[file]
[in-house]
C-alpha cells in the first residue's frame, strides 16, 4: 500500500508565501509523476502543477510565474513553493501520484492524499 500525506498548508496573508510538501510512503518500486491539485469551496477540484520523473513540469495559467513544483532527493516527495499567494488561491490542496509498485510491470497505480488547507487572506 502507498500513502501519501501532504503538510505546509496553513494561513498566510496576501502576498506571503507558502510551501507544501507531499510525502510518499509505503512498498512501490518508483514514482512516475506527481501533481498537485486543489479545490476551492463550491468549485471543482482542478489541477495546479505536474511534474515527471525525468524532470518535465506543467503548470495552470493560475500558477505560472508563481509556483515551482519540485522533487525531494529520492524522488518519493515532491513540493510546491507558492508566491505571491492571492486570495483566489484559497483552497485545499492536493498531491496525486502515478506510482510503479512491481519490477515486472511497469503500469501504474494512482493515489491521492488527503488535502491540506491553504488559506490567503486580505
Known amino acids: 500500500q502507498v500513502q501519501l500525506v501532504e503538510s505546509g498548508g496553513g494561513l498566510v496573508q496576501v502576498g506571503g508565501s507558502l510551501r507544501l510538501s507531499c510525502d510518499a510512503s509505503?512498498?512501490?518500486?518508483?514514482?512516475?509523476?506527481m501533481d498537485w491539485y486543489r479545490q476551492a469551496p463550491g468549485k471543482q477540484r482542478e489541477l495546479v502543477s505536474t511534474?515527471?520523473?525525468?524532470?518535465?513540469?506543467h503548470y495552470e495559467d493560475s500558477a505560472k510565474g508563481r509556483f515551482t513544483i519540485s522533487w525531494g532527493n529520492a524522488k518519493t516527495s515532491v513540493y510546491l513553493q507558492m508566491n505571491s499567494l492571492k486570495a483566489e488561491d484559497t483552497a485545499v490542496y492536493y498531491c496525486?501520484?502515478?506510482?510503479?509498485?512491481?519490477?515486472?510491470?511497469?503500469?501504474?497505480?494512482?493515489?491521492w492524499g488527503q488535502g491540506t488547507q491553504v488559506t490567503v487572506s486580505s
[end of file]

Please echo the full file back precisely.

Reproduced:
[in-house]
C-alpha cells in the first residue's frame, strides 16, 4: 500500500508565501509523476502543477510565474513553493501520484492524499 500525506498548508496573508510538501510512503518500486491539485469551496477540484520523473513540469495559467513544483532527493516527495499567494488561491490542496509498485510491470497505480488547507487572506 502507498500513502501519501501532504503538510505546509496553513494561513498566510496576501502576498506571503507558502510551501507544501507531499510525502510518499509505503512498498512501490518508483514514482512516475506527481501533481498537485486543489479545490476551492463550491468549485471543482482542478489541477495546479505536474511534474515527471525525468524532470518535465506543467503548470495552470493560475500558477505560472508563481509556483515551482519540485522533487525531494529520492524522488518519493515532491513540493510546491507558492508566491505571491492571492486570495483566489484559497483552497485545499492536493498531491496525486502515478506510482510503479512491481519490477515486472511497469503500469501504474494512482493515489491521492488527503488535502491540506491553504488559506490567503486580505
Known amino acids: 500500500q502507498v500513502q501519501l500525506v501532504e503538510s505546509g498548508g496553513g494561513l498566510v496573508q496576501v502576498g506571503g508565501s507558502l510551501r507544501l510538501s507531499c510525502d510518499a510512503s509505503?512498498?512501490?518500486?518508483?514514482?512516475?509523476?506527481m501533481d498537485w491539485y486543489r479545490q476551492a469551496p463550491g468549485k471543482q477540484r482542478e489541477l495546479v502543477s505536474t511534474?515527471?520523473?525525468?524532470?518535465?513540469?506543467h503548470y495552470e495559467d493560475s500558477a505560472k510565474g508563481r509556483f515551482t513544483i519540485s522533487w525531494g532527493n529520492a524522488k518519493t516527495s515532491v513540493y510546491l513553493q507558492m508566491n505571491s499567494l492571492k486570495a483566489e488561491d484559497t483552497a485545499v490542496y492536493y498531491c496525486?501520484?502515478?506510482?510503479?509498485?512491481?519490477?515486472?510491470?511497469?503500469?501504474?497505480?494512482?493515489?491521492w492524499g488527503q488535502g491540506t488547507q491553504v488559506t490567503v487572506s486580505s